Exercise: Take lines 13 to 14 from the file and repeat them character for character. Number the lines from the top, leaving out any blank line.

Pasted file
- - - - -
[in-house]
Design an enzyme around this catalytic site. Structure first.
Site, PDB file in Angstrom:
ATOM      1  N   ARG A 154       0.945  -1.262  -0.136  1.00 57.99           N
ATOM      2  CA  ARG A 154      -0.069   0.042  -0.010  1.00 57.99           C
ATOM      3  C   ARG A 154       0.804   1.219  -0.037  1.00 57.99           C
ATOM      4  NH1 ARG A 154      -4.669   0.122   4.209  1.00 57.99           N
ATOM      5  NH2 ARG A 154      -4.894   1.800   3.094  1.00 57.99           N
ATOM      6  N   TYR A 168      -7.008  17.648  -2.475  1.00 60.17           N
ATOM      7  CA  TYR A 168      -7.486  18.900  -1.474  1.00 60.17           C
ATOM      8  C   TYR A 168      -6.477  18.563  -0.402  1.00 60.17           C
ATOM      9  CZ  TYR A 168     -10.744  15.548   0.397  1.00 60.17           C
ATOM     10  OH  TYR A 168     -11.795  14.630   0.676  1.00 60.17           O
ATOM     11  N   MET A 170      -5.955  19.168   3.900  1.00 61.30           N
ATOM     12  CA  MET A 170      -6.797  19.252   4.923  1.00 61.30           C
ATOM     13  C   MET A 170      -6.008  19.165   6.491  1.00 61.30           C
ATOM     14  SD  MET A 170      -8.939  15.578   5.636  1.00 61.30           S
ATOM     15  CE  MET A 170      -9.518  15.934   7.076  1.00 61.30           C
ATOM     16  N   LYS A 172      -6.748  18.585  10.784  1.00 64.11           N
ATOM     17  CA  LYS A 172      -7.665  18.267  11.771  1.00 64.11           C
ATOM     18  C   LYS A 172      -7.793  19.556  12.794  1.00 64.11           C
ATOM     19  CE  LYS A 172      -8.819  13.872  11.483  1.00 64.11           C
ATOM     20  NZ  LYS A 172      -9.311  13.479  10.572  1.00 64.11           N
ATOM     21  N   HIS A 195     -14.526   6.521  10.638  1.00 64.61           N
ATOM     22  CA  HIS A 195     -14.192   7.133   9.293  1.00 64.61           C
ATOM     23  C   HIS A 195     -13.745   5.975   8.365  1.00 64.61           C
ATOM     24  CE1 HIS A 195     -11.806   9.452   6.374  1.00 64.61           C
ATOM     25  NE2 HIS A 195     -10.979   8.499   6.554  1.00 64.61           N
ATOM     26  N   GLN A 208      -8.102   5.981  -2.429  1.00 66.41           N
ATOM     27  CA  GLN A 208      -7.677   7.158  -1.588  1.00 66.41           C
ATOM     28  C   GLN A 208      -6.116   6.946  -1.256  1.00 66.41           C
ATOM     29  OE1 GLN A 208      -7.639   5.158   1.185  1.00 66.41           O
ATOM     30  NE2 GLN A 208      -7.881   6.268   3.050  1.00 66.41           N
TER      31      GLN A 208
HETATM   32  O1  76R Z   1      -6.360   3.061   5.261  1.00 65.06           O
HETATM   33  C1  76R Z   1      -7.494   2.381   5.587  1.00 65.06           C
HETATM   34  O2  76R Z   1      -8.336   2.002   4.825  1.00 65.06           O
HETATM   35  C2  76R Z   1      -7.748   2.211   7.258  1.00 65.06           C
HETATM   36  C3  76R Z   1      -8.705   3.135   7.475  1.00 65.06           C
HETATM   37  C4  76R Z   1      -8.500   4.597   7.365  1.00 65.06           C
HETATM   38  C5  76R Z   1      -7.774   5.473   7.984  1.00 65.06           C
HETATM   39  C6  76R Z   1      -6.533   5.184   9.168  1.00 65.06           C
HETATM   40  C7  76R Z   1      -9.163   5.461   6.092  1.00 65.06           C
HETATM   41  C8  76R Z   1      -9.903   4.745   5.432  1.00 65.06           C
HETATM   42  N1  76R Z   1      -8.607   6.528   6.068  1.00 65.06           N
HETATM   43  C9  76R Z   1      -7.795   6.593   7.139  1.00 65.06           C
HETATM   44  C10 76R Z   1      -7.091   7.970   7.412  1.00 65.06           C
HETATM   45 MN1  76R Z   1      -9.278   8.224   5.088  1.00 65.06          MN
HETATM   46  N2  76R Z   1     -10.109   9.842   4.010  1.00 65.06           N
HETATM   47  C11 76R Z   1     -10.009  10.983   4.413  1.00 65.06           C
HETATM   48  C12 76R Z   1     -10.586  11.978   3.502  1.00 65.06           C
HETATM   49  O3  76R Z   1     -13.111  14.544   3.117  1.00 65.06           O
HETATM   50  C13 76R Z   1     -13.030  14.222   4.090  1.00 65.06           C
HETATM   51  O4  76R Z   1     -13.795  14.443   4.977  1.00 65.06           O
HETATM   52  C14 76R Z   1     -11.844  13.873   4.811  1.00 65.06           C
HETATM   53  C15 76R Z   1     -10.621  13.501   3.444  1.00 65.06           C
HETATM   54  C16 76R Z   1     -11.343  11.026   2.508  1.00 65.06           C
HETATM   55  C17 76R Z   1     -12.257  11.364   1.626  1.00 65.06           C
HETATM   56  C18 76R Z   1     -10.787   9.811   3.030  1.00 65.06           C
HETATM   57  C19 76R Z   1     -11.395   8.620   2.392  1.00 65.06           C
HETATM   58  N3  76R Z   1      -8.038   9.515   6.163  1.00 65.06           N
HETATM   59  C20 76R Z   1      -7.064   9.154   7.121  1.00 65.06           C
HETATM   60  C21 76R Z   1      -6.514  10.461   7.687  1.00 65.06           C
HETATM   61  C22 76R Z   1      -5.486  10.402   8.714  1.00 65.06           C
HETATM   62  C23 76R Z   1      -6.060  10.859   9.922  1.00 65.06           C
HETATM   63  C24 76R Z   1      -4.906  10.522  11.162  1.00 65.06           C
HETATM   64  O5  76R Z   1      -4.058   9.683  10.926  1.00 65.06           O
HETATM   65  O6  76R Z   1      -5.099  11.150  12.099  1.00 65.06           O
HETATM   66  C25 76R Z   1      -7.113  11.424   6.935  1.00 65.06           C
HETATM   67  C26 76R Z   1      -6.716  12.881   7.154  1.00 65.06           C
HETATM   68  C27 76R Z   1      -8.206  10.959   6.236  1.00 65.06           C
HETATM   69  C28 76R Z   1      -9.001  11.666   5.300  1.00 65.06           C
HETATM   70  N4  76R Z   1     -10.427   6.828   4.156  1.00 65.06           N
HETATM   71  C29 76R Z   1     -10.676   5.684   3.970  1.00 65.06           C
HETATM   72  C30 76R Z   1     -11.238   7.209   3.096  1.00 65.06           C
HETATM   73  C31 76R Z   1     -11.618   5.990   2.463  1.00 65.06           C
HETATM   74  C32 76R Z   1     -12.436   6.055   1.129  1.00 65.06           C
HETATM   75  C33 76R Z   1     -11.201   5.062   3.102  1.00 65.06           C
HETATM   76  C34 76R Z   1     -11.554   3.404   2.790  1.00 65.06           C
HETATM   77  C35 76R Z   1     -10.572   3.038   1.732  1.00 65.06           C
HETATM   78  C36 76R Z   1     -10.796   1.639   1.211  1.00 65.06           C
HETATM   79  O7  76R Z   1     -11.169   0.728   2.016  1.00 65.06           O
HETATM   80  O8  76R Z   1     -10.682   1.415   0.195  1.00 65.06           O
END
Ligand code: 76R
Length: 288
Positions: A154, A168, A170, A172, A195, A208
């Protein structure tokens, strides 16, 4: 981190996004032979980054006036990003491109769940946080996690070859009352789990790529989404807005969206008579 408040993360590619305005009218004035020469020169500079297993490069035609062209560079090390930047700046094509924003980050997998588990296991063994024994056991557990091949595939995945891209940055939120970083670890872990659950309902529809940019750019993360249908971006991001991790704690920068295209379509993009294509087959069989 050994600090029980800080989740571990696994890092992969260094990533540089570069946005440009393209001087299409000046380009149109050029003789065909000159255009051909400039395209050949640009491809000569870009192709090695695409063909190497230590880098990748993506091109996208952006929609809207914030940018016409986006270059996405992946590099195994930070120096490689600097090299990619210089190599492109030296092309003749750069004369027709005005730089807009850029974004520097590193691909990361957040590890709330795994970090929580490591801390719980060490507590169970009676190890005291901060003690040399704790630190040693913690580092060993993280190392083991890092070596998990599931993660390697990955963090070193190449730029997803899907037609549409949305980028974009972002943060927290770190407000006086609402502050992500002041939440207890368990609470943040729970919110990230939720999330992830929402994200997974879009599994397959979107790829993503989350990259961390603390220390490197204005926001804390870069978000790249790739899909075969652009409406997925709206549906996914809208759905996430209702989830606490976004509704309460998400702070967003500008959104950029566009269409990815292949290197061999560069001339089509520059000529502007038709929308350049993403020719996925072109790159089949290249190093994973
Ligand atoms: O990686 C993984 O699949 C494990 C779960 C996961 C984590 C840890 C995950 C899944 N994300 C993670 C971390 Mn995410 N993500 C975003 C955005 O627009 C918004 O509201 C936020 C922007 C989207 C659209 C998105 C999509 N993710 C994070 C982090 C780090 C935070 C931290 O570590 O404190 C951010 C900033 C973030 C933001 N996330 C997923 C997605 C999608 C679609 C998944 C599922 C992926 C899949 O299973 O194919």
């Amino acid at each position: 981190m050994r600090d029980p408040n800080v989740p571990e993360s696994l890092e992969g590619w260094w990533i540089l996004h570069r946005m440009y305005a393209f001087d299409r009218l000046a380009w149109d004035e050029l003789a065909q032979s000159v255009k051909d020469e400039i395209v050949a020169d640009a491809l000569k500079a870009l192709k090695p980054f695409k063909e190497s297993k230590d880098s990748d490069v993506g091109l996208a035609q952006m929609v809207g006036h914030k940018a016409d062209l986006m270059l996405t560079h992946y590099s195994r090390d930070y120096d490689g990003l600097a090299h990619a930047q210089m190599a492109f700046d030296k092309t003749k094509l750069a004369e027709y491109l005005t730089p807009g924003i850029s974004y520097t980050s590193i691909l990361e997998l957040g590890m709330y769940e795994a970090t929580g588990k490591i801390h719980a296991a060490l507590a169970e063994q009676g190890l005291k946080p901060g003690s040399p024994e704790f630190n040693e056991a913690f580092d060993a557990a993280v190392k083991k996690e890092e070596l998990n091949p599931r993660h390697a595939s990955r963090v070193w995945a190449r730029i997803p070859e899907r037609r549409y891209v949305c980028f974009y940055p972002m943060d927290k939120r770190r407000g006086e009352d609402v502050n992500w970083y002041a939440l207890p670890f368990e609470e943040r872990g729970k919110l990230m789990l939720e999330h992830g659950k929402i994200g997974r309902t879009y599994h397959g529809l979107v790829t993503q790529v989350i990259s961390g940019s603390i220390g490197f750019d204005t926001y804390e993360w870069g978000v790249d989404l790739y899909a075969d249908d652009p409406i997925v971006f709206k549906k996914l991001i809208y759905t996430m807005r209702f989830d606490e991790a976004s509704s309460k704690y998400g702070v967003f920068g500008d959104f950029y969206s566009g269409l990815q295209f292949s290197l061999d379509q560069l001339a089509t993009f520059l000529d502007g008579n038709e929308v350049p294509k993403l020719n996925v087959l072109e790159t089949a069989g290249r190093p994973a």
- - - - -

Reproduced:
ATOM     10  OH  TYR A 168     -11.795  14.630   0.676  1.00 60.17           O
ATOM     11  N   MET A 170      -5.955  19.168   3.900  1.00 61.30           N